Last Wednesday, we led a #SXSWedu conversation about funding and fund raising in education. Yesterday we discussed the investing side of the equation. Below we tried to quickly answer 15 questions we received at the end of the session.
Last Wednesday, we led a #SXSWedu conversation about funding and fund raising in education. The first of two blogs outlines the conversation we led on investing in innovation.
Austin is weird--and they work to keep it that way. Like Columbus (profiled last week), it's a college town and state capital--add a dose of music, sunshine, Tex-Mex and venture capital and you get Austin.
By Tom Vander Ark and Susan Patrick The system of education certification is badly out of date and benefits schools of education more than K-12 schools. The rise of blended and online learning has accelerated the obsolescence of traditional employment barriers. Forward leaning policy design efforts like Digital Learning Now! (DLN) recommend performance based certification that rewards demonstrated effectiveness. DLN also recommends professional development opportunities for online and blended learning teachers. Because most colleges of education are not preparing teachers or administrators to teach or lead in technology enriched classrooms, the Leading Edge Certification was developed by California educators. iNACOL ...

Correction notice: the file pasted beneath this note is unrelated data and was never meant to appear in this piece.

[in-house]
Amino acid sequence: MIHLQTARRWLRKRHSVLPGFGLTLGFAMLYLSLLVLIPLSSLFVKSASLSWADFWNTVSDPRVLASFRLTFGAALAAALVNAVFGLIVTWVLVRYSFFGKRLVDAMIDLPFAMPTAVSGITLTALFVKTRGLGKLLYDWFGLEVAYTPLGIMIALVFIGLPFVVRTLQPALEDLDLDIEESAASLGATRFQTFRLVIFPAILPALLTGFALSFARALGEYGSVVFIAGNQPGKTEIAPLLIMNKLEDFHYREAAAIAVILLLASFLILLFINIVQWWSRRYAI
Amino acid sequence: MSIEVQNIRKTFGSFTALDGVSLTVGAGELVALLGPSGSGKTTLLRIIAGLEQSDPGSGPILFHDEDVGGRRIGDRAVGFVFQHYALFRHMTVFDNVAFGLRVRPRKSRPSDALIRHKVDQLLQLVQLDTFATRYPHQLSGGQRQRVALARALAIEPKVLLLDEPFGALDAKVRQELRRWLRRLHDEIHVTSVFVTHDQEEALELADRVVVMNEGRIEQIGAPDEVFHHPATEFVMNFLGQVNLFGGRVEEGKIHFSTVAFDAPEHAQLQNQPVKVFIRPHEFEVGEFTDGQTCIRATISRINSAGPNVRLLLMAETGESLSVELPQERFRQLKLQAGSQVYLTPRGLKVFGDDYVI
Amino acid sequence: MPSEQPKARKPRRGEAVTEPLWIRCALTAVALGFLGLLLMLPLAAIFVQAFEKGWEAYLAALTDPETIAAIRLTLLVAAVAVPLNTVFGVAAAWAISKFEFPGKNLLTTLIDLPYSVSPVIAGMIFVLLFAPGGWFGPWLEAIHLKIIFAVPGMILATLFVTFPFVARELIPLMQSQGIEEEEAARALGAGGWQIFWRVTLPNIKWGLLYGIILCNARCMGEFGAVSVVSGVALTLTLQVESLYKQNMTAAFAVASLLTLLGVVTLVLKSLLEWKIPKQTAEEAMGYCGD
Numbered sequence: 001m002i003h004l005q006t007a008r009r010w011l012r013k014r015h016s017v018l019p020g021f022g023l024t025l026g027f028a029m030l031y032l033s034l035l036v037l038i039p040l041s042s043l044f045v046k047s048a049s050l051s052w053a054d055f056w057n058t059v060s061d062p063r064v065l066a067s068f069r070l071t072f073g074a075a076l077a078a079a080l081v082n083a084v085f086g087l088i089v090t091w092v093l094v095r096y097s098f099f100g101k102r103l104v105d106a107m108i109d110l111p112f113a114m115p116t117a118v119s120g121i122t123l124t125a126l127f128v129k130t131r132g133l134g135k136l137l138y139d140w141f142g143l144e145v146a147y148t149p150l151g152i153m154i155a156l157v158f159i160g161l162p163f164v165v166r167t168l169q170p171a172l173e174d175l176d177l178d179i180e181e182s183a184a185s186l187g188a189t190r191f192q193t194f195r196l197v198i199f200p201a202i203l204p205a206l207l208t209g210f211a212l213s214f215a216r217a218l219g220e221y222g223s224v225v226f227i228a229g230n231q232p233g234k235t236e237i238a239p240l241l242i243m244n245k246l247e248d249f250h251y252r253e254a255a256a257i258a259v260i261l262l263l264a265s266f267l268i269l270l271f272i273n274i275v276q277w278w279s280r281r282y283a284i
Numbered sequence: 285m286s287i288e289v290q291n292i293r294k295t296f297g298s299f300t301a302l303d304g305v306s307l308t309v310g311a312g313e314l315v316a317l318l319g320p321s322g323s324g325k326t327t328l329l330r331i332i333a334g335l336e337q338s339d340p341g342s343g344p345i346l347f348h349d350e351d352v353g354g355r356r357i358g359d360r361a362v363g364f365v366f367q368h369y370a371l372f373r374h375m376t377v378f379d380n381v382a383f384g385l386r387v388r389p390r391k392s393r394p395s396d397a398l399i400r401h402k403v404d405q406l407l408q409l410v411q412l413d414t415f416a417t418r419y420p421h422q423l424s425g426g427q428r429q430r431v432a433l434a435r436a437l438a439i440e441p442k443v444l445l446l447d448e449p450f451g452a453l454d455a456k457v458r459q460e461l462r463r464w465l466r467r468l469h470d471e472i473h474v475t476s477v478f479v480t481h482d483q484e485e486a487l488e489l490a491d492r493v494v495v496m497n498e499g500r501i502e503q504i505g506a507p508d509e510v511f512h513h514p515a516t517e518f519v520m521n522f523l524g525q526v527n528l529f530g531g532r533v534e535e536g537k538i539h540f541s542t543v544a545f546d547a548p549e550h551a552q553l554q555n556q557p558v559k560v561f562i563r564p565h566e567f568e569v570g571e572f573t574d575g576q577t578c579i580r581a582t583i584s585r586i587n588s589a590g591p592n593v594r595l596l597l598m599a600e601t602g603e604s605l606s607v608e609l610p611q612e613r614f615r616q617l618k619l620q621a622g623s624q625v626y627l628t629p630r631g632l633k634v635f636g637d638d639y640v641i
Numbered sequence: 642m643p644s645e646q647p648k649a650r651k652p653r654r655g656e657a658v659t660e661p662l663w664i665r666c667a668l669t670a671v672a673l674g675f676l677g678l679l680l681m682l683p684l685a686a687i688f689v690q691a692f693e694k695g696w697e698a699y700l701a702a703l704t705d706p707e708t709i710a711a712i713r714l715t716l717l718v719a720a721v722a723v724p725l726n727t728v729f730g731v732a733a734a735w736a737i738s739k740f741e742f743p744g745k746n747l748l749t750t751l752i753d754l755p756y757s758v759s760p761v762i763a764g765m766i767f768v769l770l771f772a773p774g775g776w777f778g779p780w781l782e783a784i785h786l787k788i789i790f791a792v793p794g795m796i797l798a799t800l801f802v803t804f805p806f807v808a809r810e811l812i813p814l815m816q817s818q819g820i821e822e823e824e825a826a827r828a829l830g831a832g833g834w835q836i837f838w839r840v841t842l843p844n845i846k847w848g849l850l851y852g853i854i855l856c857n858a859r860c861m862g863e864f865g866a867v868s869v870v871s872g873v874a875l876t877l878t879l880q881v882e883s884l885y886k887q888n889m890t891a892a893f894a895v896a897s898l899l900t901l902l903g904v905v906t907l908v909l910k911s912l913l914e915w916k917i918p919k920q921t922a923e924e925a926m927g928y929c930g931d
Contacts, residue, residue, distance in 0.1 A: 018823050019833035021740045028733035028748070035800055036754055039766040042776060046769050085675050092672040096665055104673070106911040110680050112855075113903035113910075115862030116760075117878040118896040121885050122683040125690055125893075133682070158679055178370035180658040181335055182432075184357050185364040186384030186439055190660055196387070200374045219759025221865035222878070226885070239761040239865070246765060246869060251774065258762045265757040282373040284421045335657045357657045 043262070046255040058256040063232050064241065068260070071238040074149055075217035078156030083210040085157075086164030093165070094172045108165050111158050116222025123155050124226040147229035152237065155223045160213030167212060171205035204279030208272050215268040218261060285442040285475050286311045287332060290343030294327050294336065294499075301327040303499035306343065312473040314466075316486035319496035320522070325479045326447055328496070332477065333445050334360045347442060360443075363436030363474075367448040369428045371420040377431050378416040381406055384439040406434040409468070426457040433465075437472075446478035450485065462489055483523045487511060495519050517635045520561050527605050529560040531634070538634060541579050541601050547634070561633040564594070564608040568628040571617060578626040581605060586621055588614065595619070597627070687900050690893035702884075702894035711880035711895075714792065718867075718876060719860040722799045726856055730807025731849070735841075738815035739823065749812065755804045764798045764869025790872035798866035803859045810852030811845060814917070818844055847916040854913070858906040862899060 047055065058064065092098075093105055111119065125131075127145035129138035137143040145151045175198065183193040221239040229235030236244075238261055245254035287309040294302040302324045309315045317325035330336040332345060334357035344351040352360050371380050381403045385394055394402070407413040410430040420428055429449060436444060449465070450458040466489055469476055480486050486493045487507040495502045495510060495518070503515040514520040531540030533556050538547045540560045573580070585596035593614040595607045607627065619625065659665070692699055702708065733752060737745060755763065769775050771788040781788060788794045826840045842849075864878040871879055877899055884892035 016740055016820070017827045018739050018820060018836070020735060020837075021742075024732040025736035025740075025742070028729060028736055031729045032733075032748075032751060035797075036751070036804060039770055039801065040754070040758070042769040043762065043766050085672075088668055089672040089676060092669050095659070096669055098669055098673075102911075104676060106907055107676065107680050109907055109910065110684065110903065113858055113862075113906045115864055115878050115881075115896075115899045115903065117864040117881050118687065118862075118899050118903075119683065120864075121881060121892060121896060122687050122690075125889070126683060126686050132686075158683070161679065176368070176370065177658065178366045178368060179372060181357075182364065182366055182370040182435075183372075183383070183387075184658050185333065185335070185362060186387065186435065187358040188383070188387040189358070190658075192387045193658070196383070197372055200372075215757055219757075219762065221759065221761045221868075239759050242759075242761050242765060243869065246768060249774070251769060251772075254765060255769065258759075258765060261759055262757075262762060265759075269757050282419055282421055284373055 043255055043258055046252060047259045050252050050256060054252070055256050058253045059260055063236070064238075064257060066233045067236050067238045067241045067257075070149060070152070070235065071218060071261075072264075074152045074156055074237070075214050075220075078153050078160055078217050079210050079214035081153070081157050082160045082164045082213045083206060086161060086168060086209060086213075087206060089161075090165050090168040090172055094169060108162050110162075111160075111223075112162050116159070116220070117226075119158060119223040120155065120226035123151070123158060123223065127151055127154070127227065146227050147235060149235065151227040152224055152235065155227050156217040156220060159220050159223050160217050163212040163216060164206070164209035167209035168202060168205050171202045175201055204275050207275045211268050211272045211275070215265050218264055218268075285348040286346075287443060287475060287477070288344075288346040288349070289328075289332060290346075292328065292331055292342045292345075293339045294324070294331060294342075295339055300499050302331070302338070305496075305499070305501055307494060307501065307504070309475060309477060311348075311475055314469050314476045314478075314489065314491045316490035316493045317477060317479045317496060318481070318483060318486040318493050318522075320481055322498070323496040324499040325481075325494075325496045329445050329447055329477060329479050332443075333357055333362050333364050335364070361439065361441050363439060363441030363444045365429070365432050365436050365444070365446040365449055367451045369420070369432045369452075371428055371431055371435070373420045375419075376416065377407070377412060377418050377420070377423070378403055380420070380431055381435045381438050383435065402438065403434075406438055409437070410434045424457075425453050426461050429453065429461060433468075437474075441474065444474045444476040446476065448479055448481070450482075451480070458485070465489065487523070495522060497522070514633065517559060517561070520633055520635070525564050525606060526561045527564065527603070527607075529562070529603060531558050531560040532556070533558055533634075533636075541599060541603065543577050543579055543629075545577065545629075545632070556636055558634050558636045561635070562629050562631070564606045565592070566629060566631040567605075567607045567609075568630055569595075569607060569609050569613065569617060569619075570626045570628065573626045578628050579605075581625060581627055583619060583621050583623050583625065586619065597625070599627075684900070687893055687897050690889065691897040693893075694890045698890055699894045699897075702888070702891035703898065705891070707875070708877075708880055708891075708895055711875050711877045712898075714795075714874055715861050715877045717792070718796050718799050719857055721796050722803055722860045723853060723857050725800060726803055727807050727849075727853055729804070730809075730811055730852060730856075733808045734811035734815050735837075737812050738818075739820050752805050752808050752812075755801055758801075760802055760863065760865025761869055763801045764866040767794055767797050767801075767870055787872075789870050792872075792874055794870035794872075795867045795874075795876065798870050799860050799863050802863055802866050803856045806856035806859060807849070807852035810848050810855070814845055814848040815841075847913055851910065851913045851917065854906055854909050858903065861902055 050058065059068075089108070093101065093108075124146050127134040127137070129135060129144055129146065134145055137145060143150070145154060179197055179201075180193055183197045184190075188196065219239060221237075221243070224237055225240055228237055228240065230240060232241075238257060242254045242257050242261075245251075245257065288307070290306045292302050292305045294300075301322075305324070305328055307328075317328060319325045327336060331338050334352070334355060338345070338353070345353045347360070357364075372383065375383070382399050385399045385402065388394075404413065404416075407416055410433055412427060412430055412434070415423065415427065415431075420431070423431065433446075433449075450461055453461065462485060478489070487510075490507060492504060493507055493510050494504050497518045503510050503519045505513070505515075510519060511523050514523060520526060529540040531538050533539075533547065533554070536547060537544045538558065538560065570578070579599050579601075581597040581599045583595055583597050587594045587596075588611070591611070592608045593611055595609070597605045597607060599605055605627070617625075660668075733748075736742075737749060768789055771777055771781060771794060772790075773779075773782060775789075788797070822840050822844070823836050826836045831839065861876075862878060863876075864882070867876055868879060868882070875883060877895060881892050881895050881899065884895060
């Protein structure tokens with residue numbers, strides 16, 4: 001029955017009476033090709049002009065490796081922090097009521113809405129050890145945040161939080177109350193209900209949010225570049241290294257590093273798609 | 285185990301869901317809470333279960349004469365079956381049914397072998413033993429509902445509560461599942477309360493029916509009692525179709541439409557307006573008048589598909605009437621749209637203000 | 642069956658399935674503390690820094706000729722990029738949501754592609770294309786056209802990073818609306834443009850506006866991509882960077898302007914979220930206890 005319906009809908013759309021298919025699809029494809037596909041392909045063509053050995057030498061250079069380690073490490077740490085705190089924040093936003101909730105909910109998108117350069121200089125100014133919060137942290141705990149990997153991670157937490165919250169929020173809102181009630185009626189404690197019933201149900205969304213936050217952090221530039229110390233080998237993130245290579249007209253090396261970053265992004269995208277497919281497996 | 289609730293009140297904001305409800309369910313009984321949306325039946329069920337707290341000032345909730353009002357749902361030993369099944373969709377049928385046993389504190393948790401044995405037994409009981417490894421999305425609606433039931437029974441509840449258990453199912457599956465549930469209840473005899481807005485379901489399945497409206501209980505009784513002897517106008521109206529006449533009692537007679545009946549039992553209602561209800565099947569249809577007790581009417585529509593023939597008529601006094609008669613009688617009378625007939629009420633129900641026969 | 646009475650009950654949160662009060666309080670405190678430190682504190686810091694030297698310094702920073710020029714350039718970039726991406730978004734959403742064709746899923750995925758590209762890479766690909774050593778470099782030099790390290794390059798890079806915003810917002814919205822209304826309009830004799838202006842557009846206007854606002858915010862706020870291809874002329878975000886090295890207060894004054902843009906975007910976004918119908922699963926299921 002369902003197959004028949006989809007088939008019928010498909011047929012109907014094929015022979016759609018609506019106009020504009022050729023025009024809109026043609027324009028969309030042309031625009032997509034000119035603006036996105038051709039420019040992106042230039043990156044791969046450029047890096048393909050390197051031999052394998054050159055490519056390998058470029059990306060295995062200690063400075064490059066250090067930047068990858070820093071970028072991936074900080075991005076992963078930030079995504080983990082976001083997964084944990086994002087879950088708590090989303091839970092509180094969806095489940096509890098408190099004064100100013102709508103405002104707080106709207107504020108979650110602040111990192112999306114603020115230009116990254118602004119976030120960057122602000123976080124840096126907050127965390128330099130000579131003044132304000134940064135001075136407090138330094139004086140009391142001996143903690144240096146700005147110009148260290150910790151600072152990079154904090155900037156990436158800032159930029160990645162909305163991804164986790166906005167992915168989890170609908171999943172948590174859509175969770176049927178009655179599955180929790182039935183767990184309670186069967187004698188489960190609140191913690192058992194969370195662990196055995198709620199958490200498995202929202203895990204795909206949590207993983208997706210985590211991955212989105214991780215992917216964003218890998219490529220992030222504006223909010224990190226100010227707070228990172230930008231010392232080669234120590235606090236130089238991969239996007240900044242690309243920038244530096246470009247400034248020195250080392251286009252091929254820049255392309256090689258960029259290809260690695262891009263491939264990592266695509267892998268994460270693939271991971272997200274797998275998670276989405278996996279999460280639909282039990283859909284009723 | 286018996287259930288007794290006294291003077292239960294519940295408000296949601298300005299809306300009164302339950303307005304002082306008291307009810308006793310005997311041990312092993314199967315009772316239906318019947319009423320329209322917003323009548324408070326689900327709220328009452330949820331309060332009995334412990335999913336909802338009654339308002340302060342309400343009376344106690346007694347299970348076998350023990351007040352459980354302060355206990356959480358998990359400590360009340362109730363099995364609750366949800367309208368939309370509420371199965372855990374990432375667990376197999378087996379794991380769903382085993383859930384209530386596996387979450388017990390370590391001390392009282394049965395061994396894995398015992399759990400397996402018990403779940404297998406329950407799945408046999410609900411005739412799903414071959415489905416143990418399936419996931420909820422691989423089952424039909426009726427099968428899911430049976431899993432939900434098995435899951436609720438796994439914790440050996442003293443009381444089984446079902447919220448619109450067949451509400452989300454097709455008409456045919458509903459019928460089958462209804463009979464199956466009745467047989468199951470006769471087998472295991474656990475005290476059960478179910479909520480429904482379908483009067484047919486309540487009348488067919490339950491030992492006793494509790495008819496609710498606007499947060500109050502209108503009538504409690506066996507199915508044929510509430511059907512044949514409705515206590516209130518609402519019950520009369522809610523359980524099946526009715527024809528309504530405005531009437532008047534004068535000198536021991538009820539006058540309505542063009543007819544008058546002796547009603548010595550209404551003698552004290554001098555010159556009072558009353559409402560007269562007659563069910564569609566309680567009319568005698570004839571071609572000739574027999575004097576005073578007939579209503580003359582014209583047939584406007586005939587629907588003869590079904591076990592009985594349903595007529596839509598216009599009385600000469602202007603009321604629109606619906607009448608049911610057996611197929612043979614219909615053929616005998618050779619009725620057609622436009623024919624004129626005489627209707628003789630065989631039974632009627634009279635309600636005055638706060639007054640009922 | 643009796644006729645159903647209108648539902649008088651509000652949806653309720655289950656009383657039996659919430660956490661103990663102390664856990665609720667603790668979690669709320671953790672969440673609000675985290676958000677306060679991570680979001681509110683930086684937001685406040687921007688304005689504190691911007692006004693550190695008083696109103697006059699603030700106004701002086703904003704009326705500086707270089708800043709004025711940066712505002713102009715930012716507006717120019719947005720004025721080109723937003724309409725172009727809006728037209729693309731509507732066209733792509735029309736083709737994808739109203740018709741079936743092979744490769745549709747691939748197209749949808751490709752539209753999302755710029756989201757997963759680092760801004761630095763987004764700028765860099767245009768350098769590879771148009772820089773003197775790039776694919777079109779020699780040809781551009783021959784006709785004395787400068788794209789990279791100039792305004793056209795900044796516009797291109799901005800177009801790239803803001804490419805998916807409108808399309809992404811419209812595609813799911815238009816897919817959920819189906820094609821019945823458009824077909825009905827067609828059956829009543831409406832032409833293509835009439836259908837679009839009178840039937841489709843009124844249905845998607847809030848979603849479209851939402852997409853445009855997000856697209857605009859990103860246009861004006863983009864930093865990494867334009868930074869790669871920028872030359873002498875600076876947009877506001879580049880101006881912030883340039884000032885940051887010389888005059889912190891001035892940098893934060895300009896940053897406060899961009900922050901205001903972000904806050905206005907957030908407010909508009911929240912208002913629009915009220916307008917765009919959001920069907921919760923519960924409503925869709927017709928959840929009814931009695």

Much like Austin, SXSWedu kept it weird for the third annual conference. Weird in a good way. Suits traded in for boots and jeans. Typical presentations traded in for interactive discussions.
The Getting Smart team is live from Austin this week covering the SXSWedu conference. The event, in its third year expects up to 5,000 attendees this week, a large jump from the 800 its first year. We took a break from breakfast tacos for a first half recap.
Marty Neumeier teaches companies to innovate. He shared lessons learned in his new book Metaskills: Five Talents for the Robotic Age. Neumeier sees machines taking jobs that don't require creativity, humanity or leadership.
This decade offers a historic opportunity to boost student learning. New tools are powering new schools and transforming learning, assessment, matriculation, and teaching.
Two promising developments stood out on two trips to Columbus last month. The first is the four term Mayor's Education Commission focused on revitalizing Columbus City Schools. The second is first ring suburban districts charting the path forward.
Urban districts trying to ensure consistent rigor in every classroom have implemented programs of managed instruction--a common curriculum, shared lesson plans, pacing guides, periodic assessments, and associated professional development. While these programs can feel stifling, they often lead to incremental improvement.